10. Simon Appleton & W. John Morgan & Amanda Sives, 2006. "Should teachers stay at home? The impact of international teacher mobility," Journal of International Development, John Wiley & Sons, Ltd., vol. 18(6), pages 771-786.
    11. Bold, Tessa & Kimenyi, Mwangi & Mwabu, Germano & Ng’ang’a, Alice & Sandefur, Justin, 2018. "Experimental evidence on scaling up education reforms in Kenya," Journal of Public Economics, Elsevier, vol. 168(C), pages 1-20.
    12. Ricardo Estrada, 2019. "Rules versus Discretion in Public Service: Teacher Hiring in Mexico," Journal of Labor Economics, University of Chicago Press, vol. 37(2), pages 545-579.
    13. Tessa Bold & Deon Filmer & Gayle Martin & Ezequiel Molina & Brian Stacy & Christophe Rockmore & Jakob Svensson & Waly Wane, 2017. "Enrollment without Learning: Teacher Effort, Knowledge, and Skill in Primary Schools in Africa," Journal of Economic Perspectives, American Economic Association, vol. 31(4), pages 185-204, Fall.
    14. repec:hrv:faseco:30749606 is not listed on IDEAS
    15. Asadullah, Mohammad Niaz, 2006. "Pay differences between teachers and other occupations: Some empirical evidence from Bangladesh," Journal of Asian Economics, Elsevier, vol. 17(6), pages 1044-1065, December.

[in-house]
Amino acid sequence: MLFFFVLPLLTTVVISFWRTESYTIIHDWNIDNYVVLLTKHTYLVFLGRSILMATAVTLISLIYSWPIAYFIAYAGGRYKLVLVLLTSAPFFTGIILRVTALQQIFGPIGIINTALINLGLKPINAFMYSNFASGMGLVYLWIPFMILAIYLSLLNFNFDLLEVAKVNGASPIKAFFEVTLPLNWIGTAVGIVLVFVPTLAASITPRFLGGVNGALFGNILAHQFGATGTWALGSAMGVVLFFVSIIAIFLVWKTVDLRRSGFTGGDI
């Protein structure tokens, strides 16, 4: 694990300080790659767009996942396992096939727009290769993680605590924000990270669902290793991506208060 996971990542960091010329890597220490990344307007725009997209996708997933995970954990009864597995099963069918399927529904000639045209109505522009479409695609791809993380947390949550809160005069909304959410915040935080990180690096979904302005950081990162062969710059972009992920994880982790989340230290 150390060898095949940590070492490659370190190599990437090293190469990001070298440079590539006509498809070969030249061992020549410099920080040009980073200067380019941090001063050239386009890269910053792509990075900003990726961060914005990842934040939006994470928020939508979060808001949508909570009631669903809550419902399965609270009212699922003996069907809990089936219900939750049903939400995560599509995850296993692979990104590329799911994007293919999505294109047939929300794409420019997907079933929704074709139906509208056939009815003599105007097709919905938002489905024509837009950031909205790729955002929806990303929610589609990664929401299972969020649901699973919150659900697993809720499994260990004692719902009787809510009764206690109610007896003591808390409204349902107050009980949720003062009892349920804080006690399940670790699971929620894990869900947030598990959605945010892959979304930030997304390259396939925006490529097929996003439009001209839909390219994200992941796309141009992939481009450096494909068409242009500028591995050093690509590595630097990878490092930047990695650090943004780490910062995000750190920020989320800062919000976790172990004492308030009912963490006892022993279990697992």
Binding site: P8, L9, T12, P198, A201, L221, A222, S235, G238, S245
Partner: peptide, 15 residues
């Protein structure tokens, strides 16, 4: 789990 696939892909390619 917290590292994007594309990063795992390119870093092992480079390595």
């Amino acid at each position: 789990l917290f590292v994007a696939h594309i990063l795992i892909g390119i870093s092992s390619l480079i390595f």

16. Natalie Bau & Jishnu Das, 2020. "Teacher Value Added in a Low-Income Country," American Economic Journal: Economic Policy, American Economic Association, vol. 12(1), pages 62-96, February.
    17. Grieve Chelwa & Miquel Pellicer & Mashekwa Maboshe, 2019. "Teacher Pay and Educational Outcomes: Evidence from the Rural Hardship Allowance in Zambia," South African Journal of Economics, Economic Society of South Africa, vol. 87(3), pages 255-282, September.
    18. Araujo P., Maria Daniela, 2019. "Measuring the effect of competitive teacher recruitment on student achievement: Evidence from Ecuador," BERG Working Paper Series 150, Bamberg University, Bamberg Economic Research Group.
    Full references (including those not matched with items on IDEAS)

    Citations